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Posts Tagged ‘Retail Architecture’

* Architecture: Zaha Hadid: Changsha Meixihu International Culture & Art Center

Posted by the editors on Thursday, 7 March 2013

Zaha Hadid - Changsha Meixihu International Culture & Art Center

Architecture: Zaha Hadid: Changsha Meixihu International Culture & Art Center: “..the capital of the south central chinese province of hunan is in the midst of incredible population growth and rapid urban development.  at the center of a stimulus worth 130 billion USD is the idyllic meixihu lake, now primed for an ambitious set of cultural projects. zaha hadid’s winning design for the ‘changsha meixihu international culture and art center’ broke ground in october after distinguishing itself as a composition of serpentine curves forming a complex that contains a contemporary art museum, a multipurpose hall, a hotel, and various ancillary facilities. the central plaza emphasizes the pedestrian urban experience by helping to create incidental meeting areas and generating cultural capital in form of a sculpture garden and expansive exhibition space. views of the lake are framed by the museum’s three-petal form, unfurling around a central atrium. outward views are afforded by ribbons of glazing and balconies that serve the dual purpose of admitting daylight into the galleries. the multipurpose hall is a pointedly variable space, with public access to retail areas and restaurants nestled in a sunken courtyard. the focal point of the plan comes by way of the grand theater, slated to be the largest performance venue in the city with an 1800 seat capacity. new zealand-based acoustic engineers at marshall day won a december bid to optimize sound performance in the central auditorium. the three major programs, while discrete buildings, are linked by sinuous passageways, curved white planes and an architecture of baroque intonations..”

See some of our other posts on work by Zaha Hadid Architects:

image: © zaha hadid architects; article: Designboom

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Posted in Architects, Architecture, Architecture & Design in China, Architecture + Design, Awards, Contemporary Architecture, contemporary design, Cultural Architecture, Design, Designalog, Galleries, Hospitality Architecture, Mixed-Use Architecture, Product Design, Public Architecture, Public Facilities, Retail Architecture | Tagged: , , , , , , , , , , , , , , , , , , , , , , , , , , , | Leave a Comment »

* Residential Architecture: Frank Gehry Designs Mixed-Use Tower for Downtown Santa Monica

Posted by the editors on Wednesday, 6 March 2013

Frank Gehry Designs Mixed-Use Tower for Downtown Santa Monica

Residential Architecture: Frank Gehry Designs Mixed-Use Tower for Downtown Santa Monica: “..Developers M. David Paul Associates and the Worthe Real Estate Group have commissioned Frank Gehry to design a mixed-use hotel and residential tower in his hometown of Santa Monica, California, USA. The 22-story “Ocean Avenue Project” aims to stimulate the coastal city’s economy with street-level restaurant and retail space below a 125-room hotel and 22-unit condominium tower topped with a rooftop observation deck. As for accommodating the car-centric lifestyle of the West Coast, resident and visitor parking will be available in a three-story subterranean garage beneath the tower. In addition, the developers plan to integrate a 36,000 square foot museum campus that will add a cultural perk to the development just North of its two-acre site..Although this project looks promising, the 244-foot, Gehry-esque tower is currently pending approval from the City. A vote by the end of March will decide its fate..”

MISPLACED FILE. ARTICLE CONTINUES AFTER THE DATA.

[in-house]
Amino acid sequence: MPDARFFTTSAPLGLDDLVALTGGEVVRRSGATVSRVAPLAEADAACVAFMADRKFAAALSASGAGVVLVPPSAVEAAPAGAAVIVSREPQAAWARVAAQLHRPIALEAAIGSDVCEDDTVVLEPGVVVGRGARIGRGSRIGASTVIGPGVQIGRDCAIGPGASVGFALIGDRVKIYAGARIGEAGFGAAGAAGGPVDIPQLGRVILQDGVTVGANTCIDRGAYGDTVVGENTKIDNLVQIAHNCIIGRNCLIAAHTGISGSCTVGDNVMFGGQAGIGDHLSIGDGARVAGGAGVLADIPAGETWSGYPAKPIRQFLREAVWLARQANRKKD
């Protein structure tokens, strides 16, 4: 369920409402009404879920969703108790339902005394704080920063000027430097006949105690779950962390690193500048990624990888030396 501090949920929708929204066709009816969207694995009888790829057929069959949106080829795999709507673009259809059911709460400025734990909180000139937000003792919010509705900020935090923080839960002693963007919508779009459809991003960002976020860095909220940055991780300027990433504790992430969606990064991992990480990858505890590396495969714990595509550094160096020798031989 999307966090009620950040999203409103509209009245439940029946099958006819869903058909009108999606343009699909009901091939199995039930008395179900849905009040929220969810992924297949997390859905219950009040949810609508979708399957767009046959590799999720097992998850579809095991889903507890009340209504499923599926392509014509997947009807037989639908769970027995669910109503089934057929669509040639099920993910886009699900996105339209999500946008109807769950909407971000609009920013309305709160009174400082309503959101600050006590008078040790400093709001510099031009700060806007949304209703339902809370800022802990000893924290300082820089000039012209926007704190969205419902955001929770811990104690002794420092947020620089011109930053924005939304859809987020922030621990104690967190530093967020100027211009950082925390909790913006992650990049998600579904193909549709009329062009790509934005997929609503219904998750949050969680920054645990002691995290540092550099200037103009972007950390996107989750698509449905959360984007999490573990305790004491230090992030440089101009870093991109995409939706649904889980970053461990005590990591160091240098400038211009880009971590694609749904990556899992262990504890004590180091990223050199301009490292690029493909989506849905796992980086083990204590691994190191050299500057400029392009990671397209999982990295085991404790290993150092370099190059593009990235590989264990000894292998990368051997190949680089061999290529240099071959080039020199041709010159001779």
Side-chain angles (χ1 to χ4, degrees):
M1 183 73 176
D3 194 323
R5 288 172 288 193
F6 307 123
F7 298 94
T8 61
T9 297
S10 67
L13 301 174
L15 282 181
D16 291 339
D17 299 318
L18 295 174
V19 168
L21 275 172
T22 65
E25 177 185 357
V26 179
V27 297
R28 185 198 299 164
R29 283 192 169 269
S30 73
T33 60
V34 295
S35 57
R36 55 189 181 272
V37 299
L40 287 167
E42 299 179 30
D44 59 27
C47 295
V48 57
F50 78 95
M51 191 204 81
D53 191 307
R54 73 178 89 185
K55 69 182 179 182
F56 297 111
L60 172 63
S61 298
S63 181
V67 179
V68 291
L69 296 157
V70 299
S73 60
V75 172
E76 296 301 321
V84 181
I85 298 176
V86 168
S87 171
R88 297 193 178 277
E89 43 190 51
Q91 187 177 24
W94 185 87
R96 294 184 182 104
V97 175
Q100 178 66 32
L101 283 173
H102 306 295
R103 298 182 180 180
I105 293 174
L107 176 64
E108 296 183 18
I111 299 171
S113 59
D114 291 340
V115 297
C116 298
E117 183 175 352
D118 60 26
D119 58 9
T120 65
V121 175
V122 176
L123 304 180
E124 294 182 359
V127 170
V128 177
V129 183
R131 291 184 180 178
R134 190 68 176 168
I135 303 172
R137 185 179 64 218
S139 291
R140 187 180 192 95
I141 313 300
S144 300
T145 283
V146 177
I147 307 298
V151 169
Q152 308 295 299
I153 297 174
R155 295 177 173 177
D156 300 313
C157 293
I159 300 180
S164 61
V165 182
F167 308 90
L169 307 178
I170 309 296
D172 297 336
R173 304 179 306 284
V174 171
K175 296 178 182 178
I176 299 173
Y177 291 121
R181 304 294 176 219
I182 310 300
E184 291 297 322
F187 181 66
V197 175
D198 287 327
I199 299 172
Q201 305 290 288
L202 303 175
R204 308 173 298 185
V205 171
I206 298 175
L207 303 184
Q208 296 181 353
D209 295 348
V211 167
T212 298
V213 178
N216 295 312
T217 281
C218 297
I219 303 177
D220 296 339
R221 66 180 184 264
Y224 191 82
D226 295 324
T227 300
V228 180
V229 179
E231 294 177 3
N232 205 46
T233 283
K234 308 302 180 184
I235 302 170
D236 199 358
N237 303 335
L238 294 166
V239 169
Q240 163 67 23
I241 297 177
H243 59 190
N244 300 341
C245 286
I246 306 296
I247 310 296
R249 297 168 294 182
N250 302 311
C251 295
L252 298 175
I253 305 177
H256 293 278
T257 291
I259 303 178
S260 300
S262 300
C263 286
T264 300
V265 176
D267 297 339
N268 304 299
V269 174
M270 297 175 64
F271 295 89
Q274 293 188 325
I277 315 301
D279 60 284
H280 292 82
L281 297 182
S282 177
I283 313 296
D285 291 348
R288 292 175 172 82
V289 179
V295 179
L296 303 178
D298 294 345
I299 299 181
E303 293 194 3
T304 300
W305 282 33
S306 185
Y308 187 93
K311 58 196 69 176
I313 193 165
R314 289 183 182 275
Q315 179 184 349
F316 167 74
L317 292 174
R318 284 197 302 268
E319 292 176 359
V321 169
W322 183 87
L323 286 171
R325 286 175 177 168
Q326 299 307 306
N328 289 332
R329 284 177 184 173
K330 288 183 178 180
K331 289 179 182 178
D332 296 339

See some of our other posts on work by Frank Gehry:

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image: © Gehry Partners; article: Rosenfield , Karissa. “Gehry Designs Mixed-Use Tower for Downtown Santa Monica” 04 Mar 2013.ArchDaily

Posted in Architects, Architecture, Architecture + Design, Contemporary Architecture, contemporary design, Design, Designalog, Hospitality Architecture, Residential Architecture, Retail Architecture | Tagged: , , , , , , , , , , , , , , , , , , , , , , , , , , , , , , , , , , , , , , , , , , | Leave a Comment »

* Architecture: Glass Farm by MVRDV

Posted by the editors on Thursday, 24 January 2013

Glass Farm by MVRDV

Architecture: Glass Farm by MVRDV: “..Schijndelâ, Netherlands’s market square suffered from Operation Market Garden damages during the Second World War and has been subject to numerous enlargements and refurbishments. Winy Maas wrote a letter in 1980, and in 2000 the town council adopted the idea of a new structure in the square between the church, town hall and main street. MVRDV since then iteratively proposed new options that could fill the gap of this unusually large village square. The Glass Farm is MVRDV’s seventh proposal for the site, earlier designs included a theatre..The village engaged vividly in the process resulting in heated debates, polls and polemics in the local press – by supporters and adversaries. The 1600m² building which is entirely covered by a glass facade consists primarily of a series of public amenities such as restaurants, shops and a wellness centre..By coincidence, the maximum envelope that was defined by the town planners had the form of a traditional Schijndel farm. All remaining historical local farms were measured, analyzed and an ideal average was conceived from this data. In collaboration with MVRDV, artist Frank van der Salm photographed all the remaining traditional farms, and from these an image of the typical farm was composed. This image was printed using fritted procedure onto the 1800m2 glass facade, resulting in an effect such as a stained glass window in a cathedral. The print is more or less translucent depending on the need for light and views..At night the structure will be illuminated from the inside, becoming a monument to the farm. At a height of 14 metres the Glass Farm is intentionally designed out of scale and is 1.6 times larger than a real farm, symbolizing the village growing into a town. The printed image follows this ‘augmented history’, with the superimposed farm door for example appearing 4 metres tall. When adults interact with the building, they can experience toddler size again, possibly adding an element of nostalgic remembrance to their reception of the building. To enhance this further, there will be a table and swing next to the building, a scaled up farmyard..Coinciding with the completion of the building, an exhibition opens in the local Museum Jan Heestershuis about Context and Authenticity. Later this year a book will be published by NAi Publishers exploring the development of the Glass Farm, including a literary description of the lengthy processes which lead to its realisation..MVRDV realised the building for RemBrand developers, a combination of Van Den Brand Real Estate and Remmers Construction Group, together with Hooijen Engineers, IOC Ridderkerk for installations, Brakel Atmos for the facade and AGC for the print..”  MVRDV’s vernacular, contextual, historical, and creative sensibility once again brought to the fore..